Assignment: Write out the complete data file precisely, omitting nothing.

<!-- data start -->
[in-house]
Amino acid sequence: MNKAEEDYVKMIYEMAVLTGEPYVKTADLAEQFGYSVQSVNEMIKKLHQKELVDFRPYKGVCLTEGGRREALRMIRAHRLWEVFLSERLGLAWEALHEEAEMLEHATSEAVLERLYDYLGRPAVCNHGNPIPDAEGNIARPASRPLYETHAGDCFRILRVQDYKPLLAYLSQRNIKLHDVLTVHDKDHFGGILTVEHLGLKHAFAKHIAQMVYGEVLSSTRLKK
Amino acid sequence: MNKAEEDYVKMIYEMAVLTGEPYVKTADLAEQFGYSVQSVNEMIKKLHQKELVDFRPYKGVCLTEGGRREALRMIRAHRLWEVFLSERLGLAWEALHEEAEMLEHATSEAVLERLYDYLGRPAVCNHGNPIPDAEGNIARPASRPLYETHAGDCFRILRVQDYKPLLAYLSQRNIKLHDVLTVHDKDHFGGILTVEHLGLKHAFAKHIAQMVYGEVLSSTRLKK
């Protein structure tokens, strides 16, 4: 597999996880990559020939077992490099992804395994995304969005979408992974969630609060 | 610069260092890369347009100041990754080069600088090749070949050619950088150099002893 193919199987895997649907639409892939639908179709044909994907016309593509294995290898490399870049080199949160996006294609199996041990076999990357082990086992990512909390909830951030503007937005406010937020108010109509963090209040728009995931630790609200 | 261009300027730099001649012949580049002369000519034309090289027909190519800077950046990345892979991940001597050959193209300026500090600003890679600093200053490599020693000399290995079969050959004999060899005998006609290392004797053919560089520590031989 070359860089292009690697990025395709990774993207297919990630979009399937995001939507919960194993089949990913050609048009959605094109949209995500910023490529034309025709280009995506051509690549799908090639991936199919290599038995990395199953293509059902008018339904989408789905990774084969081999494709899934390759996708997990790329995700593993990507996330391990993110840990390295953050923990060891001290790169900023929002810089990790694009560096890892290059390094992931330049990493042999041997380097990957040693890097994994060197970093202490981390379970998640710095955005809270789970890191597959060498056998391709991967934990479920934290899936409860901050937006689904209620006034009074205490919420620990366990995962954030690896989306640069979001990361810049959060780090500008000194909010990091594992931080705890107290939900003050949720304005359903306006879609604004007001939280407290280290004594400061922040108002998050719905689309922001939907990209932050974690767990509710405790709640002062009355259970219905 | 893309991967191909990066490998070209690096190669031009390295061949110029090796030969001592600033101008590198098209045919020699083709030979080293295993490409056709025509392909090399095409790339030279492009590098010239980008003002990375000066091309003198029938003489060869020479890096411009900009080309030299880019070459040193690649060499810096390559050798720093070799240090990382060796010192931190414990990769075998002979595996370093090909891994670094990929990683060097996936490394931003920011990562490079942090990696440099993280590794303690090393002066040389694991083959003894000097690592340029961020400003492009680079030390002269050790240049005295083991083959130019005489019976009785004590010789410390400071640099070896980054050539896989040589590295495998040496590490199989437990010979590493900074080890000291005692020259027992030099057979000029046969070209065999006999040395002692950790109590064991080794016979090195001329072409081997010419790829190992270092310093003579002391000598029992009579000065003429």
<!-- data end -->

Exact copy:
[in-house]
Amino acid sequence: MNKAEEDYVKMIYEMAVLTGEPYVKTADLAEQFGYSVQSVNEMIKKLHQKELVDFRPYKGVCLTEGGRREALRMIRAHRLWEVFLSERLGLAWEALHEEAEMLEHATSEAVLERLYDYLGRPAVCNHGNPIPDAEGNIARPASRPLYETHAGDCFRILRVQDYKPLLAYLSQRNIKLHDVLTVHDKDHFGGILTVEHLGLKHAFAKHIAQMVYGEVLSSTRLKK
Amino acid sequence: MNKAEEDYVKMIYEMAVLTGEPYVKTADLAEQFGYSVQSVNEMIKKLHQKELVDFRPYKGVCLTEGGRREALRMIRAHRLWEVFLSERLGLAWEALHEEAEMLEHATSEAVLERLYDYLGRPAVCNHGNPIPDAEGNIARPASRPLYETHAGDCFRILRVQDYKPLLAYLSQRNIKLHDVLTVHDKDHFGGILTVEHLGLKHAFAKHIAQMVYGEVLSSTRLKK
């Protein structure tokens, strides 16, 4: 597999996880990559020939077992490099992804395994995304969005979408992974969630609060 | 610069260092890369347009100041990754080069600088090749070949050619950088150099002893 193919199987895997649907639409892939639908179709044909994907016309593509294995290898490399870049080199949160996006294609199996041990076999990357082990086992990512909390909830951030503007937005406010937020108010109509963090209040728009995931630790609200 | 261009300027730099001649012949580049002369000519034309090289027909190519800077950046990345892979991940001597050959193209300026500090600003890679600093200053490599020693000399290995079969050959004999060899005998006609290392004797053919560089520590031989 070359860089292009690697990025395709990774993207297919990630979009399937995001939507919960194993089949990913050609048009959605094109949209995500910023490529034309025709280009995506051509690549799908090639991936199919290599038995990395199953293509059902008018339904989408789905990774084969081999494709899934390759996708997990790329995700593993990507996330391990993110840990390295953050923990060891001290790169900023929002810089990790694009560096890892290059390094992931330049990493042999041997380097990957040693890097994994060197970093202490981390379970998640710095955005809270789970890191597959060498056998391709991967934990479920934290899936409860901050937006689904209620006034009074205490919420620990366990995962954030690896989306640069979001990361810049959060780090500008000194909010990091594992931080705890107290939900003050949720304005359903306006879609604004007001939280407290280290004594400061922040108002998050719905689309922001939907990209932050974690767990509710405790709640002062009355259970219905 | 893309991967191909990066490998070209690096190669031009390295061949110029090796030969001592600033101008590198098209045919020699083709030979080293295993490409056709025509392909090399095409790339030279492009590098010239980008003002990375000066091309003198029938003489060869020479890096411009900009080309030299880019070459040193690649060499810096390559050798720093070799240090990382060796010192931190414990990769075998002979595996370093090909891994670094990929990683060097996936490394931003920011990562490079942090990696440099993280590794303690090393002066040389694991083959003894000097690592340029961020400003492009680079030390002269050790240049005295083991083959130019005489019976009785004590010789410390400071640099070896980054050539896989040589590295495998040496590490199989437990010979590493900074080890000291005692020259027992030099057979000029046969070209065999006999040395002692950790109590064991080794016979090195001329072409081997010419790829190992270092310093003579002391000598029992009579000065003429």